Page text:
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Brazil’s environment minister Izabella Teixeira has said Thursday’s figures depict “a crime”, saying the rate was “unacceptable”.
“We confirm a 28-percent increase in the rate of deforestation, reaching 5,843 square kilometers (2,256 square miles),” she told reporters.
She however denied that the rise was “related to any federal government fund cuts for law enforcement”.
The data shows a rebound in deforestation of the world’s largest rainforest after years of progress in halting the rush for clearing land.
Brazil had enacted a controversial law in October 2012 that meant to protect forests and force farmers to replant trees on large swathes of illegally cleared land.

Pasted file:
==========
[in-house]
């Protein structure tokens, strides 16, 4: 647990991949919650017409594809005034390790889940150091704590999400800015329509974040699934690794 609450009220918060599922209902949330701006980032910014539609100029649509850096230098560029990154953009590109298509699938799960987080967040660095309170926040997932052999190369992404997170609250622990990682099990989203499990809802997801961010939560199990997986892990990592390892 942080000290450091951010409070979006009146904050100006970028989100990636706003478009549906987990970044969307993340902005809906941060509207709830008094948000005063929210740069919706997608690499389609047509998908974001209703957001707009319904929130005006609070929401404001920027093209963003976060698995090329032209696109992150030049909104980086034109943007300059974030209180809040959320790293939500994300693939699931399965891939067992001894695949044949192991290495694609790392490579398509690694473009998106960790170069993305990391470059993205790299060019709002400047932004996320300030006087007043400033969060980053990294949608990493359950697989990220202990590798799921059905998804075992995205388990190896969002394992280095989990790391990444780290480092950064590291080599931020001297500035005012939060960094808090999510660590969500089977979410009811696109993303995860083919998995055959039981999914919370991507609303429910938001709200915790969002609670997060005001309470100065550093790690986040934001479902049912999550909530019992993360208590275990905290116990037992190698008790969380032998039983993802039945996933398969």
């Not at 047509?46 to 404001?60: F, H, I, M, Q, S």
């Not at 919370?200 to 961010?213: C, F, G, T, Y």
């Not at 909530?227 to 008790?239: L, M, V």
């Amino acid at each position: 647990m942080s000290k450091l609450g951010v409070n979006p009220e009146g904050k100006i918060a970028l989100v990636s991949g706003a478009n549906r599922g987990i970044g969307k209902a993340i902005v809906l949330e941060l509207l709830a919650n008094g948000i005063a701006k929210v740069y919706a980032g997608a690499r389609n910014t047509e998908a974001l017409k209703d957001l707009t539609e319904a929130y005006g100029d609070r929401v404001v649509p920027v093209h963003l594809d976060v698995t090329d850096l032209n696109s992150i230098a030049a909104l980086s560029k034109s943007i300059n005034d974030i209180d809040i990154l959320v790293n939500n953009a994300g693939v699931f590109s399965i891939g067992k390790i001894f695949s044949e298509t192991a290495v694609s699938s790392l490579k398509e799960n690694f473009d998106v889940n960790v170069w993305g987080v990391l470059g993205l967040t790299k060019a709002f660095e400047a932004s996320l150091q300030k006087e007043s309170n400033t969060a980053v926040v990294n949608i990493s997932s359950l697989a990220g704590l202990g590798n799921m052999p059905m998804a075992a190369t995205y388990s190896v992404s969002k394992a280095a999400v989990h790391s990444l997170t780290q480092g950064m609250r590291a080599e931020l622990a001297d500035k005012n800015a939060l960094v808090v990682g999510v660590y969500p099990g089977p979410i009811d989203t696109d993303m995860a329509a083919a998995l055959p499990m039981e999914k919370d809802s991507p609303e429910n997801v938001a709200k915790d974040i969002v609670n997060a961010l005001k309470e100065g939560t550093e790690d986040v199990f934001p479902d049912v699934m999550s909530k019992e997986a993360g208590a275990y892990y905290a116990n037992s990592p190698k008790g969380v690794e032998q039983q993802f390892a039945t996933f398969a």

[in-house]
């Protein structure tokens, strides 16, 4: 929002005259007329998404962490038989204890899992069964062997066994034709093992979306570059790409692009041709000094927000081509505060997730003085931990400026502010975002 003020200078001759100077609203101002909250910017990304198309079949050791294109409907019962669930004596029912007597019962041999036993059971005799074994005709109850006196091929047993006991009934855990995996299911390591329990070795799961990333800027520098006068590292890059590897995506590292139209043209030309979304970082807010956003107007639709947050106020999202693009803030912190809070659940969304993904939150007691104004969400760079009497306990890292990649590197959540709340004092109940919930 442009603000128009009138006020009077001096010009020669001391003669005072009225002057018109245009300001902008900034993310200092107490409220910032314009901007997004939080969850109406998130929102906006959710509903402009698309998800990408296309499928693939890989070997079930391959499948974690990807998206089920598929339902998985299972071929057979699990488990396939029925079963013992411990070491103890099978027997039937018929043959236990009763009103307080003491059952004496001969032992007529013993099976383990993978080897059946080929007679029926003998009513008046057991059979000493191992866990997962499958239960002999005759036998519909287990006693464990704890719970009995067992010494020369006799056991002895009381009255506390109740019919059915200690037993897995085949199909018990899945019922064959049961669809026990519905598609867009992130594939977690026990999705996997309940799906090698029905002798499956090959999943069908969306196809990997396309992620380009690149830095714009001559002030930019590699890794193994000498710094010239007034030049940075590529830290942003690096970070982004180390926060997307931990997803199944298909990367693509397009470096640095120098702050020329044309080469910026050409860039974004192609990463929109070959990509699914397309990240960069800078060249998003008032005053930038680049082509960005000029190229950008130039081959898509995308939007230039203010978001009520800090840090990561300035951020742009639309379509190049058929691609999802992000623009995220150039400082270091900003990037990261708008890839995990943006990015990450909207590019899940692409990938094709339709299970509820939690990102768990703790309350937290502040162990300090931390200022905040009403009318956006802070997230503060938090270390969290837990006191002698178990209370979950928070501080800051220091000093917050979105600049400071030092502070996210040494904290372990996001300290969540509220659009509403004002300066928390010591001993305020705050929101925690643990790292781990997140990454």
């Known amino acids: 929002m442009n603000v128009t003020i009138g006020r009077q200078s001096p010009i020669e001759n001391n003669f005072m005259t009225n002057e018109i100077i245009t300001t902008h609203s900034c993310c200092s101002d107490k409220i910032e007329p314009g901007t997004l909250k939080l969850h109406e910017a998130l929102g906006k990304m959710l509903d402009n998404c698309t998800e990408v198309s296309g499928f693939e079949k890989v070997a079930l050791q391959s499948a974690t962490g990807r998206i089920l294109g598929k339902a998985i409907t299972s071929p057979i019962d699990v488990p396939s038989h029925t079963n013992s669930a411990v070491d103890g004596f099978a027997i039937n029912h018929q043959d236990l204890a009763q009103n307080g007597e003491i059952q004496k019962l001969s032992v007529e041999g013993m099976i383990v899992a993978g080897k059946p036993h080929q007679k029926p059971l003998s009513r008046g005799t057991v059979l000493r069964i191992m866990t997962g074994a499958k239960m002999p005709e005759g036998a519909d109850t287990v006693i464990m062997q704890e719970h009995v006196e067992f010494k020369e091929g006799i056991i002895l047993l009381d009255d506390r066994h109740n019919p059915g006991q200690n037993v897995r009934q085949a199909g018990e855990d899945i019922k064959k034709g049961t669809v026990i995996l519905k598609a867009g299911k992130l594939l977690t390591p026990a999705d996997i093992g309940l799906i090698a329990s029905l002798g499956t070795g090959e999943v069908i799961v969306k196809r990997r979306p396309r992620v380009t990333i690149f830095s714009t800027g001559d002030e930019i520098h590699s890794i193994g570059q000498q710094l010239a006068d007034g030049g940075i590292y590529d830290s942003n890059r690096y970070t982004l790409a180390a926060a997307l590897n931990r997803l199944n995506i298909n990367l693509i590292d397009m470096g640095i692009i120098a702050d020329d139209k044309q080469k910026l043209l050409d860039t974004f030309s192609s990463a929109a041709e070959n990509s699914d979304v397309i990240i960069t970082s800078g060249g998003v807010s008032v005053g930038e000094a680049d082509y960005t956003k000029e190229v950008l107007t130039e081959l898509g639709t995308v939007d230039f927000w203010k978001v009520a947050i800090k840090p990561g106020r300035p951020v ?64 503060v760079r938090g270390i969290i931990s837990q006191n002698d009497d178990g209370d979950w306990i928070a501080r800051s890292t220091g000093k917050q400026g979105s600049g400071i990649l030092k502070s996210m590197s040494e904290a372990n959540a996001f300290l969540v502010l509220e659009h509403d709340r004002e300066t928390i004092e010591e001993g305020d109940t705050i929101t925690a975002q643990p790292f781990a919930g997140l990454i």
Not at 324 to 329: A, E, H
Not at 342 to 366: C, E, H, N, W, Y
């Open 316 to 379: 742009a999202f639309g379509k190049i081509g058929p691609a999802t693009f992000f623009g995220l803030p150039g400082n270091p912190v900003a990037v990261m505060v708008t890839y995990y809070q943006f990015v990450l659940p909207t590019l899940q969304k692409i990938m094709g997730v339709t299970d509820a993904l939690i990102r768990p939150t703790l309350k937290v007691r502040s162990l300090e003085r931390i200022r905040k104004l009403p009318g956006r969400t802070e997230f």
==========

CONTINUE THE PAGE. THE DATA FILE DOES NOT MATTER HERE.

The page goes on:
Brazilian President Dilma Rousseff had fought a prolonged battle with the powerful farm lobby to induct a handful of congressional changes into the forest bill.
Brazil’s farm lobby had argued that an easing of environmental restrictions would promote food production.
Environmentalists have opposed the bill because it reduces the total forest area many farmers are required to keep intact.
Brazilian food producers, farmers, ranchers had pushed into the Amazon rainforest to enable Brazil’s rise as one of the world’s biggest exporter of food.
Brazil is the biggest corn exporter in the world with latest figures showing that for the 2012/13 crop year, Brazil exported 22 million tonnes of corn while the US exported 18.58 million tonnes, according to USDA.